Careem hit by cyber attack, affects 14 million users

Careem, ride-hailing app and Uber’s main competitor in the Middle East, on Monday revealed that it was hit by a cyber attack causing data of over 14 million users to be compromised.

In a blog post, the company said that it became aware of the attack on 14th January, when it identified a cyber incident involving “unauthorised access to a system we use to store data,” in which customer and driver account data were stolen.

Information such as names, phone numbers, email addresses, and trip data were stolen, however, according to the company, no password or credit card information was compromised.

“Customers’ credit card information is kept on an external third-party PCP-compliant server. A PCP server uses highly secure protocols and is employed by international banks around the globe to protect financial information,” it stated.

“While we have seen no evidence of fraud or misuse related to this incident, it is our responsibility to be open and honest with you, and to reaffirm our commitment to protecting your privacy and data,” the post read, adding that customers and “captains” who have signed up after the attack have not been affected by the breach.

The ride-hailing service apologized to its users and said that, “Careem has learned from this experience and will come out of it a stronger and more resilient organisation.”

Aside from informing the users and assuring them that it is working with law enforcement agencies to look into the matter, Careem also advised its customers to use safeguards such as strong password management, cautiousness of unsolicited communications, links, or attachments in emails, and reviewing suspicious credit card or bank activity.

As to why it had taken so Careem so long to tell people, the company said that it “wanted to make sure we had the most accurate information before notifying people.”

150 million MyFitnessPal users affected in Under Armour data breach

Under Armour on Thursday announced that over 150 million customers using MyFitnessPal, its nutrition tracking app, were hit by a data breach in late February, earlier this year.

According to Under Armour, they discovered the breach earlier this week and said that an “unauthorised party” had acquired this data. Once they were aware of the breach, they took steps to alert the users using in-app messages as well as email.

They are currently working with data security firms and coordinating with law enforcement authorities to get to the bottom of the breach.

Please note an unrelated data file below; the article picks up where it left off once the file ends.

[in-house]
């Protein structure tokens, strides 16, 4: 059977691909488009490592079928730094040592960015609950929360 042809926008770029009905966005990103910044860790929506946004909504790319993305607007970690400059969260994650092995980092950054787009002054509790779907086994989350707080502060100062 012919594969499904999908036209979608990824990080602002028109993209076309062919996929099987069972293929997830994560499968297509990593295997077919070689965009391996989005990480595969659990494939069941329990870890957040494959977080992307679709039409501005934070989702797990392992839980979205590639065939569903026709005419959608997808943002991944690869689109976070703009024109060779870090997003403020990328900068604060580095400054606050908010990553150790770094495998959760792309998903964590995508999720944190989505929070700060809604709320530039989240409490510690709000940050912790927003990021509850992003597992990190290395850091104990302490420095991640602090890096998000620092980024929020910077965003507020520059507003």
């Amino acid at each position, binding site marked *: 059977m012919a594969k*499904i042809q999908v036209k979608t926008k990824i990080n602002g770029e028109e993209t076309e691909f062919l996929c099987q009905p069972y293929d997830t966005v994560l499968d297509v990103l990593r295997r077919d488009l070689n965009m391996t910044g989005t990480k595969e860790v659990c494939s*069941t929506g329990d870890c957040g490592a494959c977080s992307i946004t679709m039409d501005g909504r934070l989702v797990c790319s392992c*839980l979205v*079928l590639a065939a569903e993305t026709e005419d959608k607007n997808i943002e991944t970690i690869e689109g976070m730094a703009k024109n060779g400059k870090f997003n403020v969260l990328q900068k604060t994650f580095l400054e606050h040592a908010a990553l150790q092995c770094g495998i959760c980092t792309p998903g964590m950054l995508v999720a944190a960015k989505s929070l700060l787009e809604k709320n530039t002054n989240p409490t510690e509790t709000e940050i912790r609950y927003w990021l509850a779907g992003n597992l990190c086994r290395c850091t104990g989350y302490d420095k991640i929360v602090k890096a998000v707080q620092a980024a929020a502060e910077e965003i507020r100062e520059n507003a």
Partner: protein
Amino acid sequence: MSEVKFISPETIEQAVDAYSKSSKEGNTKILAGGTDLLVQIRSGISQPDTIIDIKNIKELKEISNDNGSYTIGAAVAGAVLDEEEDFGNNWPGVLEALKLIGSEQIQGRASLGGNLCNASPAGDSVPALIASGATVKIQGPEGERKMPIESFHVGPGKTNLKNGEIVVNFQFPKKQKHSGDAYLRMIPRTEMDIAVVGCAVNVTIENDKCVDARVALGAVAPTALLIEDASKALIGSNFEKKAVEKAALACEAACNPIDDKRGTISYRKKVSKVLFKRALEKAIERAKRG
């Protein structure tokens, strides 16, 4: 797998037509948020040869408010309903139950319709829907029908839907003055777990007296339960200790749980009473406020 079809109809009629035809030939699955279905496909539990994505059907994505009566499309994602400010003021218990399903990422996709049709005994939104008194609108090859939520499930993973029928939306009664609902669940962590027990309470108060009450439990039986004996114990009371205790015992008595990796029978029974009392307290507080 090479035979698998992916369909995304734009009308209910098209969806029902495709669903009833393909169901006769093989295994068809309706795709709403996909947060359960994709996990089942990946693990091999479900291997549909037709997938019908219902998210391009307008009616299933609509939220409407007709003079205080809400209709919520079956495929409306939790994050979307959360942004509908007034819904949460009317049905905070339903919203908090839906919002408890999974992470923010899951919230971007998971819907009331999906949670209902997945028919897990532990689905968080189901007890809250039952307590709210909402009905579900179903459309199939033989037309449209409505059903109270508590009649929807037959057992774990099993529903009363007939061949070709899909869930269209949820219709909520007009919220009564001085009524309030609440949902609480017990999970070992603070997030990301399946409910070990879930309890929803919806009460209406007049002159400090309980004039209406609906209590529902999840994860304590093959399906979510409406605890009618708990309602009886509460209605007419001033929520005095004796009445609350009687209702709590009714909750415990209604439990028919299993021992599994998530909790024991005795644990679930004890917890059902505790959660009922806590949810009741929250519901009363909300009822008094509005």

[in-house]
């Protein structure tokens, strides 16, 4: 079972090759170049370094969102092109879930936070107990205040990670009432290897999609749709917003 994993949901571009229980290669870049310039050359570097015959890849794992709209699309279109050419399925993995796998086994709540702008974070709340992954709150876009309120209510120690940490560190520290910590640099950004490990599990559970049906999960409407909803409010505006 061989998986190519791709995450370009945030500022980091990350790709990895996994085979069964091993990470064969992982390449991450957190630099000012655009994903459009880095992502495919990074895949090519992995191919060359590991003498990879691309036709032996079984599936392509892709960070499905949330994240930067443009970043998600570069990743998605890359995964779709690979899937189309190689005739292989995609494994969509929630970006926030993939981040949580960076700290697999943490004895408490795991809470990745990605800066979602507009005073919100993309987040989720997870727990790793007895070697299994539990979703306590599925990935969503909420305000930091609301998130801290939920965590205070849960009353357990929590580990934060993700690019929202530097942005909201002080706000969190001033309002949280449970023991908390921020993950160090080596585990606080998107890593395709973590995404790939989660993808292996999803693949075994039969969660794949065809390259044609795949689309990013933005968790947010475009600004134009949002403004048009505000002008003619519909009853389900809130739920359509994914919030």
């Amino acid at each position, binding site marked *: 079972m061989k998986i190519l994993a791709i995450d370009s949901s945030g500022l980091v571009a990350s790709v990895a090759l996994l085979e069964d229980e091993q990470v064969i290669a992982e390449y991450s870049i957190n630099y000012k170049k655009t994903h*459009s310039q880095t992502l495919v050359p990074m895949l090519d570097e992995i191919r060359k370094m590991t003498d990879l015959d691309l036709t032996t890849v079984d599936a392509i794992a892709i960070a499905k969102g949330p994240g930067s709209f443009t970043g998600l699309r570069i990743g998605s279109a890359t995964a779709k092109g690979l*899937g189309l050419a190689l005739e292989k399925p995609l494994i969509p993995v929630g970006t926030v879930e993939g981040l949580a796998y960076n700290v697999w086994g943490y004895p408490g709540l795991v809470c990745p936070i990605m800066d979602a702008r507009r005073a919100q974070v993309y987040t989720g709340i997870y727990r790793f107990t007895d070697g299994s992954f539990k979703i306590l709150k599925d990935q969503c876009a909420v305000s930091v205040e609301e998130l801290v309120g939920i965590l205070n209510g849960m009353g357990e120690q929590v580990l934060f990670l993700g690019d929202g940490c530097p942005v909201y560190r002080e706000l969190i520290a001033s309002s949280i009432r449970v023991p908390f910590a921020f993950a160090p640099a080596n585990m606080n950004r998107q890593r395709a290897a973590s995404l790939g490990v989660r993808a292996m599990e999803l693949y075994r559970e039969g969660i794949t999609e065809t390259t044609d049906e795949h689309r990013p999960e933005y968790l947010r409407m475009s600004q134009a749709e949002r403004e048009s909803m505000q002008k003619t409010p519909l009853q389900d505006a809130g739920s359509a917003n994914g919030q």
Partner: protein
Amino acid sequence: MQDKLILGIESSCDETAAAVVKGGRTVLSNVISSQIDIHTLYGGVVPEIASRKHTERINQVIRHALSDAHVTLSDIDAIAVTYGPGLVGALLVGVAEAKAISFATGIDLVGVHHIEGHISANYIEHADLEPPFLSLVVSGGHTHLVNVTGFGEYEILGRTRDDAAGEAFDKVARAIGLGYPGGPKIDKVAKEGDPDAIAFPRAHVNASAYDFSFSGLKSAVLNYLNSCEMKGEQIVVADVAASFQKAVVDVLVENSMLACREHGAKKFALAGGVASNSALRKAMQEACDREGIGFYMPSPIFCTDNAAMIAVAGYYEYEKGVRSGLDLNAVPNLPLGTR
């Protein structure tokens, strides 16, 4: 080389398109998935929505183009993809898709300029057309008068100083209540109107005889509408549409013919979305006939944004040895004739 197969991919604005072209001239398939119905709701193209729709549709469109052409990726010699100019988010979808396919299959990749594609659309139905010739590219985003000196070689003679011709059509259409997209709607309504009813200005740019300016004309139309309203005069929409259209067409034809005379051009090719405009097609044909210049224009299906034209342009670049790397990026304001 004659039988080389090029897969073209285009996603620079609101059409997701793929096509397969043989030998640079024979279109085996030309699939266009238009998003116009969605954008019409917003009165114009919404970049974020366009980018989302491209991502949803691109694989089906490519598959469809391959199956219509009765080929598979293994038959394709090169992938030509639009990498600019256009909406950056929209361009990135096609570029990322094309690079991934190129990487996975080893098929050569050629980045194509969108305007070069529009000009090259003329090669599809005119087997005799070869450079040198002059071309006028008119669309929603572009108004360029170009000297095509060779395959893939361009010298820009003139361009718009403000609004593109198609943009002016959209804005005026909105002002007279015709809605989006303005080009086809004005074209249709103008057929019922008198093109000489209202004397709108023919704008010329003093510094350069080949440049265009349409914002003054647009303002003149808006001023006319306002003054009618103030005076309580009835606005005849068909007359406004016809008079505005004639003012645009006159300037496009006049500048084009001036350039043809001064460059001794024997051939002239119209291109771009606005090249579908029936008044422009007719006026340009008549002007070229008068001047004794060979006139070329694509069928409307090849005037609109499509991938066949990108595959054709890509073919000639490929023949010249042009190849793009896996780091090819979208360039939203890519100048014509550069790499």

"The investigation indicates that the affected information included usernames, email addresses, and hashed passwords—the majority with the hashing function called bcrypt used to secure passwords," the company said in a statement.

Under Armour said that the attackers would not have been able to access information such as users' Social Security numbers and driver's license numbers, or payment information, in the breach but usernames, email addresses, and password data were taken.

The company is now urging MyFitnessPal users to change their passwords immediately, along with reviewing any suspicious activity in their account. It has also warned its users to be cautious of any emails or unsolicited messages in light of the breach, and to not give away personal data.

The app lets people track their calorie intake, diet, and exercise routines, and was acquired by Under Armour in 2015 for $475 million.

List Of Enemy Hackers Revealed By An NSA Leak


When the arcane group calling itself the Shadow Brokers spilled a collection of NSA tools onto the web in a progression of leaks beginning in 2016, they offered an uncommon look into the interior activities of the world's most exceptional and stealthy hackers. Be that as it may, those leaks haven't quite recently given the outside world the access to the NSA's secret abilities.

They may likewise give us a chance to see whatever remains of the world's hackers through the NSA's eyes. A bit of NSA software, called "Territorial Dispute," seems to have been intended to identify the malware of other country state hacker groups on a target computer that the NSA had infiltrated.

The Hungarian security researcher Boldizsár Bencsáth trusts that the particular antivirus tool was premeditated not to expel other spies' malware from the victim machine, yet to caution the NSA's hackers of a foe's ubiety, allowing them to pull back instead of conceivably reveal their traps to an adversary.

Bencsáth, a professor at CrySys, the Laboratory of Cryptography and System Security at the Budapest University of Technology and Economics contends that the Territorial Dispute tool may offer clues of how NSA sees the broader hacker scene.

He's intending to present a paper on the CrySys website on Friday and requesting others to contribute and approaching the security research community to go along with him in investigating the software's clues.

In view of some matches he's set up between components of Territorial Dispute's agenda and known malware, he contends that the leaked program conceivably demonstrates that the NSA knew about some gathering's a very long time before those hackers' activities were uncovered publicly.

"The idea is to find out what the NSA knew, to find out the difference between the NSA viewpoint and the public viewpoint," says Bencsáth, arguing that there may even be a chance of uncovering current hacking operations, so that antivirus or other security firms can learn to detect their infections. "Some of these attacks might even still be on-going and alive."